By Doug Fleming
He looked good the last time I saw him, then again, he always looked that way. In fact, he looked better in death than many of those who came to mourn him looked in life. His life was full of wakes and I know of no one who went to more. The difference was this wake was his own. Whether he himself dressed up for the hundreds and hundreds of wakes or countless numbers of socials, he dressed to the nines and his mere presence lit up many a room and lifted the hearts of all those who knew him. If there were a GQ for seniors, he could have been on the cover. He also could have been the regular poster boy and cover story for many of his earlier years. After all, he was a real Dean Martin look alike. As handsome as all get out, debonair and charming as well as good-natured and gentle-hearted, the man from 5th Street in New Rochelle was all through his 80 plus years first and foremost in uncommon sense and character.
In my earlier years, my wife-to-be, Mary Mitura, and I would find a warm welcome any day and any time of the day at 17 5th St. Both he and his predeceased wife Rose were gracious hosts who never turned the lights out and made sure whenever you left or whether dark turned to light that coffee and dessert would be served. Their kitchen table was simply love in disguise.
Their living room was about as large as most homeowners’ bedrooms or a one car garage. Modest would accurately describe the home of a family that later in life would leave the West for a 10804 home in the Wykagyl section of the city. No matter where he and his family were to reside, no one could take West New Rochelle out of them. In days gone by, the West was the home of many of New Rochelle’s aspiring Italian families and not all of them were happy as this family uprooted itself for another zip code.
Whether it was Fenimore Road or 5th Street, their phone would ring at least a half dozen times and at all hours during each of our visits. Whenever it did, the patron of the house would excuse himself even during dinner or at a very late hour to talk, console or counsel anyone in need of his attention. No caller ever had to work hard to capture the patron’s ear.
Whenever we went out, the patron would cover all of the costs, pay entry fees, take all dinner checks and fight with you so he could leave the tip. If one wanted to take advantage of him and his wife, Rosie, they together could have been the best sponges in the sea of life. The reader should bear in mind that my later-to-be bride and I were not even 21 years old at this time and the only way to say thanks was to do so with affectionate appreciation.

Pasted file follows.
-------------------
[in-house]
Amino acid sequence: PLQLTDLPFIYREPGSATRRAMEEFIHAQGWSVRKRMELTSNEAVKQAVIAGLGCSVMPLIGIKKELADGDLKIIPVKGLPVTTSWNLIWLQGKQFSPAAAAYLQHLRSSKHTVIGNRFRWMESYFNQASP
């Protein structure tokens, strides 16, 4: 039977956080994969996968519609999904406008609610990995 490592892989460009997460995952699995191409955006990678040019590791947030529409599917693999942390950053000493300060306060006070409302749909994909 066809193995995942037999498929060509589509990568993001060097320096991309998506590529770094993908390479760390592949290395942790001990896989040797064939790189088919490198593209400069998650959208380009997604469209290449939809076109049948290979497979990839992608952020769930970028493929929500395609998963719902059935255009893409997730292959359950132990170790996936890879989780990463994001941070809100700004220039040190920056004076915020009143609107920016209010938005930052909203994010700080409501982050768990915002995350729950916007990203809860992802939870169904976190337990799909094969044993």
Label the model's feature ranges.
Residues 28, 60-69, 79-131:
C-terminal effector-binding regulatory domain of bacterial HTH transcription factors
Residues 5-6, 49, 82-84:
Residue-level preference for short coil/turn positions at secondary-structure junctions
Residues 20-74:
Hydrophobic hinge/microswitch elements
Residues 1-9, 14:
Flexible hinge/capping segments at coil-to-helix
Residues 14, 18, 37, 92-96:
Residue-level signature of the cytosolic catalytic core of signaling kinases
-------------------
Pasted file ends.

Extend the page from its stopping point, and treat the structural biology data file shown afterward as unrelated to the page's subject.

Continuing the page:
In the evening, whenever he came home he’d head right to the bathroom to clean and wash up. He wore his work and would come into his home full of grime, dust, soot and powder. After all, he worked in demolition and, as a demolisher, he knocked down more walls than Joshua did at the Battle of Jericho. He loved to take down walls, not just because it was his source of income, but also because it was a sign of progress. Most walls bulled over by him resulted in newer ones built to be strong and last long.
Little did he know that the modest man from 5th Street in New Rochelle, who grew up with little capital and not much education but with an abundant amount of energy and common sense, would one day become the mayor of a city he so dearly loved.
Frank J. Garito’s life is a Lincoln-like story, one that could only have been thought of as a dream. Frank J. Garito loved New Rochelle and thousands of New Rochelleans loved him and what he stood for as mayor and as a citizen.
His funeral mass was held at Saint Joseph’s Church, not far from where the Garitos planted their family tree. At the memorial were a good number of West enders, each feeling like a good friend had moved again.
Invariably, as mayor at a dinner dance held at Glen Island, the Davenport, the Calabria Club or the Knights of Columbus one song would be played in his honor and, of course it was a rendition of Frank Sinatra’s “My Way.”
Invariably, when Frank J. Garito was called upon as mayor to lionize or exalt a recipient, he would, after considerable praise, give thanks to the honoree for doing so much for so many.
For so many years of his life, Frank J. Garito ironically did too much for so many of us. While “My Way” was his song, he lived a life full of the Lord’s way and entirely by the Book. From the very first moment of getting up and coming awake, Frank J. Garito was ready to knock down any wall for a friend. No matter where Frank J. Garito lived or his GPS took him, he breathed purple air and the winds and tides of change were all purple too.
For Frank J. Garito, the creation of a senior center in West New Rochelle was an obsession. It was an honor to be at the opening of the Garito Manor not so long ago and see how proud he was of this waiting room in the West.
For all those who reside in the manor and those at his memorial service, Frank J. Garito was very awake and back in the West again. He was thought of as a person of character and one whom we all used to know. It was what it was and he was who he was–always Frank.
Joshua couldn’t ask for better. Thanks for all your waking moments and all the walls you tumbled down, Frank Joshua Garito.
Doug Fleming is the headmaster of the Thornton-Donovan School.